Responding to reports this morning in The Telegraph suggesting the Prime Minister has decided to ‘bow to business leaders’ and increase the current immigration cap from 2,600 non-EU migrants per month to 4,000, senior PROs argue that Cameron could turn the climb-down into a positive.
Prior to the general election, Cameron and the Conservative Party were adamant on the 2,600 cap, but following personal lobbying from senior business people Cameron is understood to be relaxing the quota.
Jon Macleod, chairman at Weber Shandwick, told PRWeek: ‘I think this shows Cameron is a listener who has set private sector-led growth as a priority.
‘Britain desperately needs to attract entrepreneurs and skilled workers to its shores if it is to live up to George Osborne's tag of being "open for business". This move would send exactly the right signal and tell the world that the UK is the right place to want to make a living.’
Other observers noted the Government would have to strike a delicate balance in the tone of their communications around the issue.
Dave McCullough, account director at Insight Public Affairs, added: 'Any relaxation of the cap will cause headaches for the PM with the Tory right, already suspicious of giveaways to their coalition partners. Cameron will have to ensure that he lines up all his support on this one: the business community, the universities and of course his always faithful cover – the Liberal Democrats.'Nick Williams, head of corporate affairs and corporate communications at Fleishman Hillard, added: 'There has been a highly concerted and effective campaign by major businesses and academics to lessen the impact of the Government's initial immigration cap supported by Boris Johnson and Vince Cable. It now looks as if the Prime Minister has wisely listened to these many concerns and the impact that such a cap would have on UK businesses and the economy itself.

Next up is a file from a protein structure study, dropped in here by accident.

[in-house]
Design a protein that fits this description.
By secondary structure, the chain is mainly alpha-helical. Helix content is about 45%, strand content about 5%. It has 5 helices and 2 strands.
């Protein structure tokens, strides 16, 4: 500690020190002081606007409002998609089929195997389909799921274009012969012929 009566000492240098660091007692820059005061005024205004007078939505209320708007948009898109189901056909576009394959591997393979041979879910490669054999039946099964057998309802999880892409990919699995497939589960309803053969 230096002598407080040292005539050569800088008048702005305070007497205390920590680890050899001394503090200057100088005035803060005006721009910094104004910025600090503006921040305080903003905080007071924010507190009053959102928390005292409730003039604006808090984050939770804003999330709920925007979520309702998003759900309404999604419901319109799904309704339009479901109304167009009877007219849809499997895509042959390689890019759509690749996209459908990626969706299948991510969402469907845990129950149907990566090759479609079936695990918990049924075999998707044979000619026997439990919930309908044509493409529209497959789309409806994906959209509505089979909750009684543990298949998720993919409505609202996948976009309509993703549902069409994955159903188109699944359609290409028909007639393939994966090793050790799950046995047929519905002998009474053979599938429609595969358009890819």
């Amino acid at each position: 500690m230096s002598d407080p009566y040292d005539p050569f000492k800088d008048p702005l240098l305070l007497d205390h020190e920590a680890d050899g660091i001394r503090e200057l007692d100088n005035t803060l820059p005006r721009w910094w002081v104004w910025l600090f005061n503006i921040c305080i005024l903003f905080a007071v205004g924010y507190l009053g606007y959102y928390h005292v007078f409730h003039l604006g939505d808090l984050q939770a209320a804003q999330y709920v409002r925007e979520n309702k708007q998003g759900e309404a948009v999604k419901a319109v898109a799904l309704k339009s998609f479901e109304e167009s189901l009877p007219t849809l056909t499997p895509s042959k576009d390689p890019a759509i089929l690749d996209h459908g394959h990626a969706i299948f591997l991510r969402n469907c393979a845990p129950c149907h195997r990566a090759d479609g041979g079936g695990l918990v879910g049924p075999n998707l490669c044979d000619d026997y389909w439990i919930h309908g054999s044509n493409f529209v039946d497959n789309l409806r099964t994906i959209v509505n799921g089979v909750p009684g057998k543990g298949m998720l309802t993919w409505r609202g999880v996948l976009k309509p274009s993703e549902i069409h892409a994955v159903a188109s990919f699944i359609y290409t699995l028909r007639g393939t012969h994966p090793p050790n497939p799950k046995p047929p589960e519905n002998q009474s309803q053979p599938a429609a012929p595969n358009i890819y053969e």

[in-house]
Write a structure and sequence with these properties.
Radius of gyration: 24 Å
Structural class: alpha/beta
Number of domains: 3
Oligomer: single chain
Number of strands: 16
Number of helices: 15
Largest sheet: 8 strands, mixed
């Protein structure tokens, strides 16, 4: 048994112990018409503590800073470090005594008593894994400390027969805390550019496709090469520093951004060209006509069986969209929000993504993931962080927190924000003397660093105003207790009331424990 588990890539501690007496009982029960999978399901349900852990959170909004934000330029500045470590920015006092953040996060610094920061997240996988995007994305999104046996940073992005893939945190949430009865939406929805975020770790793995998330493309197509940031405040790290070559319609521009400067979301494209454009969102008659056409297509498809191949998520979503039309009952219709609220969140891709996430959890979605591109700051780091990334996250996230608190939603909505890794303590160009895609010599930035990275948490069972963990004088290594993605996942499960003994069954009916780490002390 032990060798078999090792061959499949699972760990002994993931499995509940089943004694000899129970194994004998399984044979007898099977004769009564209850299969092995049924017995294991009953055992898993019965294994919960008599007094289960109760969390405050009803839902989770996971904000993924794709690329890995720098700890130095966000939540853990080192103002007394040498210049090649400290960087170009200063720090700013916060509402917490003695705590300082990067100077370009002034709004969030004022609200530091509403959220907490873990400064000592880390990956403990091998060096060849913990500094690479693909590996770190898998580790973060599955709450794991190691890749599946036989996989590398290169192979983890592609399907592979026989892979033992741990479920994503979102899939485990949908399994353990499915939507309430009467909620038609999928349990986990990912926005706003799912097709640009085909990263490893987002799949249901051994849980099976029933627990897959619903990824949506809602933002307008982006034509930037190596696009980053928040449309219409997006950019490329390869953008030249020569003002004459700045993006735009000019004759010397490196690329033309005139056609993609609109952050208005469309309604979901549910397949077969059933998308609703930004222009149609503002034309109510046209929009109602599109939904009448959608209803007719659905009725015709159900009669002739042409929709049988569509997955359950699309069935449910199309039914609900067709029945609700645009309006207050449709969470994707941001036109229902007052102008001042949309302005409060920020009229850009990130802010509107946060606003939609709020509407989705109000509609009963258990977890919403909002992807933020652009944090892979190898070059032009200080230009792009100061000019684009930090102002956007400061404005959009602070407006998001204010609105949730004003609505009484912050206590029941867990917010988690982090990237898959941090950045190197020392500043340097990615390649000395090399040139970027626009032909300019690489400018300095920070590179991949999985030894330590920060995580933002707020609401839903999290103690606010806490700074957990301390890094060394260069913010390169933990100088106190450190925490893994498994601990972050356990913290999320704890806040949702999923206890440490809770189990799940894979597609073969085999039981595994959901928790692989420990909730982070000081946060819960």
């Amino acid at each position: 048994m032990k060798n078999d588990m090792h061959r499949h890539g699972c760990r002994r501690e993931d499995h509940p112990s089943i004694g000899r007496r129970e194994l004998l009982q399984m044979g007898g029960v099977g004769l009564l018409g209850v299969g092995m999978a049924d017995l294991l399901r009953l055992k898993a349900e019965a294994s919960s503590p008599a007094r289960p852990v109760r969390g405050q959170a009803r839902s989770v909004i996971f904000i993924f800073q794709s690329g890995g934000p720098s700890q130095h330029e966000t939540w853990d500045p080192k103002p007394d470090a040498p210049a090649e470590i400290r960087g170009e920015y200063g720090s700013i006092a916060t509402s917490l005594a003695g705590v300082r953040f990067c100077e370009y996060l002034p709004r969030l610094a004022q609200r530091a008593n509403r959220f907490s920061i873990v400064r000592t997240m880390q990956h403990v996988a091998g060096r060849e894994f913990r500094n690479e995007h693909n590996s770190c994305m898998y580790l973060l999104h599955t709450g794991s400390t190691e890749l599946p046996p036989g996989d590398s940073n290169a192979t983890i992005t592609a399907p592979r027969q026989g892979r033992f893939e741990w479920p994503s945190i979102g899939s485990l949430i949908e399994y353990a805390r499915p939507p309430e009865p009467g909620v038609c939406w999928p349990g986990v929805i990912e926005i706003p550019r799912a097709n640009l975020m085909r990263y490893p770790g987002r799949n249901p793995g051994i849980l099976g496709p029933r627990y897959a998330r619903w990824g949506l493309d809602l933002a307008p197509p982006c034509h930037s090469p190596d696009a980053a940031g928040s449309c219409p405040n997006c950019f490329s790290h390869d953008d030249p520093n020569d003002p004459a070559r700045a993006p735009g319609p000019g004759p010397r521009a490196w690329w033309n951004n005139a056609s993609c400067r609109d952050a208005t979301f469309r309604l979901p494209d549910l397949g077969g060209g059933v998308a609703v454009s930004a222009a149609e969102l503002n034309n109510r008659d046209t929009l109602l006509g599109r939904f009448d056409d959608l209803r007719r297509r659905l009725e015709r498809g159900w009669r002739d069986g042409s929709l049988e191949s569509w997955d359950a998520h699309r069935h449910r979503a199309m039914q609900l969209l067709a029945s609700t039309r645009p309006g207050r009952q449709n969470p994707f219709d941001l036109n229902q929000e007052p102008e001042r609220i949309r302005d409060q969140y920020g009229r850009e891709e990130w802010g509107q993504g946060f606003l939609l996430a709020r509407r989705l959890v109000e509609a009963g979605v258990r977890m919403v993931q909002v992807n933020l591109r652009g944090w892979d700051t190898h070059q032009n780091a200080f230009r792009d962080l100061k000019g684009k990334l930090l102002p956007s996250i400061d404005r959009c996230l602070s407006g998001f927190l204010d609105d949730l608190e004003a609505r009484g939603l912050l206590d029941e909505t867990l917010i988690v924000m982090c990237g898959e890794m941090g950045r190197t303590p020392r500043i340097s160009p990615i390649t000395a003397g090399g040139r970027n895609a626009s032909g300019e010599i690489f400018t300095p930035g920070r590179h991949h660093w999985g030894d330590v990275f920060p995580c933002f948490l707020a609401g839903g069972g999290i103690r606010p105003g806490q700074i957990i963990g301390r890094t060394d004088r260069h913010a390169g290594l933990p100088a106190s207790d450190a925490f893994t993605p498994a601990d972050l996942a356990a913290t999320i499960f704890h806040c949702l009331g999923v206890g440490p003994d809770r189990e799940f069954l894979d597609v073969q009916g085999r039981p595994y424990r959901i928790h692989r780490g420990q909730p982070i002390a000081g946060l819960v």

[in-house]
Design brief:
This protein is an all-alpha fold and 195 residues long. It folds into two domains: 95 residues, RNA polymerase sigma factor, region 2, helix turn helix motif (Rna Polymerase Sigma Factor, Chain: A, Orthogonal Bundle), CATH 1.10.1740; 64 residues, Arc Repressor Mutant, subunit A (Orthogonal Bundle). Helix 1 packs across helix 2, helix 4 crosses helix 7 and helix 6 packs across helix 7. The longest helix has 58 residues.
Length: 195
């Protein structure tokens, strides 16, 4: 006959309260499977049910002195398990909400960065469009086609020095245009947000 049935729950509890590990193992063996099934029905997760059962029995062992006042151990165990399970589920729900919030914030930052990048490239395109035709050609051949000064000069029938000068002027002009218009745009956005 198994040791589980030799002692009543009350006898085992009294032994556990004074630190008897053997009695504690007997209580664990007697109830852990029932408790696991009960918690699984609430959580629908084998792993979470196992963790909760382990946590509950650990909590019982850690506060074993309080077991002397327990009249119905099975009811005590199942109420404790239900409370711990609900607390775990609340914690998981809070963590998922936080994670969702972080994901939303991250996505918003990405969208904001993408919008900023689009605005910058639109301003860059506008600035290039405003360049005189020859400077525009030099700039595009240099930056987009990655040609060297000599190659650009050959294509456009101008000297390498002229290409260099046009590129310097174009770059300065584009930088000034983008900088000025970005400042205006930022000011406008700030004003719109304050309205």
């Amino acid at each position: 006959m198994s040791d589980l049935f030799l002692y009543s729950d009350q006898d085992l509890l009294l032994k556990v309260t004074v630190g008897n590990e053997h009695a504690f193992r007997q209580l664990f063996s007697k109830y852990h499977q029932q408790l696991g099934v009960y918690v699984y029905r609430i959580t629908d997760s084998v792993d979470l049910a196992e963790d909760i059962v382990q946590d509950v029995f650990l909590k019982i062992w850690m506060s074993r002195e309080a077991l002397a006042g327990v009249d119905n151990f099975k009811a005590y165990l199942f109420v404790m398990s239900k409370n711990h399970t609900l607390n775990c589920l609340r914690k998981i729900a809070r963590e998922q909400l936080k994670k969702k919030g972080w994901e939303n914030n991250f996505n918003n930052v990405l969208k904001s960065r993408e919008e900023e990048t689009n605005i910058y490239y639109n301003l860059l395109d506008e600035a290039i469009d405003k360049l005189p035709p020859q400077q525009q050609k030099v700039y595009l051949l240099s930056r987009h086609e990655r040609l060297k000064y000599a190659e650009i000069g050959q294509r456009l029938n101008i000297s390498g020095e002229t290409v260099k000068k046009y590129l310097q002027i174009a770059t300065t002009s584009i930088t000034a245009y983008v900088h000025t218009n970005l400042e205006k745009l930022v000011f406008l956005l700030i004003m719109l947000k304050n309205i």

'Having committed the Conservative Party to reducing immigration however he will have to go on the communications offensive to explain this to the wider electorate who may not understand the intricacies of the UK skills requirements for the economy.'
The final cap is officially still being discussed and will be released later this month.